A friend once told me about a summer she spent as an au-pair to a New York family, vacationing in Israel. While she chauffeured the children around the city, she got trapped in traffic jams all the time. More often than not, it’s because there were reported bomb threats up ahead, and police had blocked the road.
After a while, she got over the bombs, and those traffic jams on hand became the ordeal she focused on. Because the show must go on, and one must focus on the immediate.
So what is it like to live in a place where everyone’s forced to internalize this kind of anxiety on a daily basis?
According to John Lyons, an Australian correspondent stationed in Jerusalem, combativeness bubbles up at every opportunity it’s presented with: at the supermarket, French school, Old City, the traffic light, zebra crossing, car registry office, post office, parking lot.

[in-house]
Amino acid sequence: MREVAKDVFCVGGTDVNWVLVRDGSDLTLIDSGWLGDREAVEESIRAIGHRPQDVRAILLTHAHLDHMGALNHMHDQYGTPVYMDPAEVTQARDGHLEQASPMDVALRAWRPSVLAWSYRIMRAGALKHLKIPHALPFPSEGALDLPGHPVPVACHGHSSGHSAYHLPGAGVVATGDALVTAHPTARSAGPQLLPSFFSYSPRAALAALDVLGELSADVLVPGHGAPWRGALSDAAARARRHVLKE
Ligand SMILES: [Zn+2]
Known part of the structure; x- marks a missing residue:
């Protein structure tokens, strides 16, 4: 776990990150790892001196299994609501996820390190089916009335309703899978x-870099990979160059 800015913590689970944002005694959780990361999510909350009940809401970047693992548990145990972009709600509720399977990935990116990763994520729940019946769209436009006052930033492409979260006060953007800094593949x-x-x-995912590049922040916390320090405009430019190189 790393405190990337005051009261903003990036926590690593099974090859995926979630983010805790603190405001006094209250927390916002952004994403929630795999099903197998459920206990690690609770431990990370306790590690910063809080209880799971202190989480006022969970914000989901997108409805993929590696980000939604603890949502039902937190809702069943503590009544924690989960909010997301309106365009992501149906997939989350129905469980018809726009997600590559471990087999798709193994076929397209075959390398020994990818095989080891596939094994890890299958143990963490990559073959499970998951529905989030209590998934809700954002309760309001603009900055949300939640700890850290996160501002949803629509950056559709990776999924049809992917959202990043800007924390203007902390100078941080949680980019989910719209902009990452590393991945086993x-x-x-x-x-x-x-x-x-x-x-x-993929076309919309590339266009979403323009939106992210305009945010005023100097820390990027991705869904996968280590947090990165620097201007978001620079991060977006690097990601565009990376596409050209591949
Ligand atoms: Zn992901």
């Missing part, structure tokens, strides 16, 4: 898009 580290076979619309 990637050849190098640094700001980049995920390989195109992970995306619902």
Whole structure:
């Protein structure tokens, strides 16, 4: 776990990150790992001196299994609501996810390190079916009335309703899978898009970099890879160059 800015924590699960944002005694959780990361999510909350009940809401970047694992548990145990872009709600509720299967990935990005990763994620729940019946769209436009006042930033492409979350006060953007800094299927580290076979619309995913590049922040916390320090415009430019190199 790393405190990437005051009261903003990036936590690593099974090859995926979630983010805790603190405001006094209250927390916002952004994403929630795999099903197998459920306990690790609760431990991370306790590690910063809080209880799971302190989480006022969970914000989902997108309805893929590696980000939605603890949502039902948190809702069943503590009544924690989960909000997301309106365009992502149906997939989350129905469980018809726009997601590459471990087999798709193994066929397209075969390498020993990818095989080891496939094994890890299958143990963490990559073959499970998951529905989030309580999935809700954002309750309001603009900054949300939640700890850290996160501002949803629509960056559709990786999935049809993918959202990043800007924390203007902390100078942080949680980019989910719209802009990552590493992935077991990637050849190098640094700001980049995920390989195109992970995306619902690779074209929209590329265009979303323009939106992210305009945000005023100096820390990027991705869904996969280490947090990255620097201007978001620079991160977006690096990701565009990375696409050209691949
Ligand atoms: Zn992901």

The message? In Jerusalem, you don’t want to play chicken.
A neighbour, from the European Commission, gave us some other driving advice: “In Israel never give anyone the finger when you’re driving.”
In Brussels, he said, he’d never hesitated to give other drivers the finger. But he’d done it once in Israel, and saw the recipient reach into her glovebox and pull out a gun. He didn’t wait around to see whether she was prepared to use it.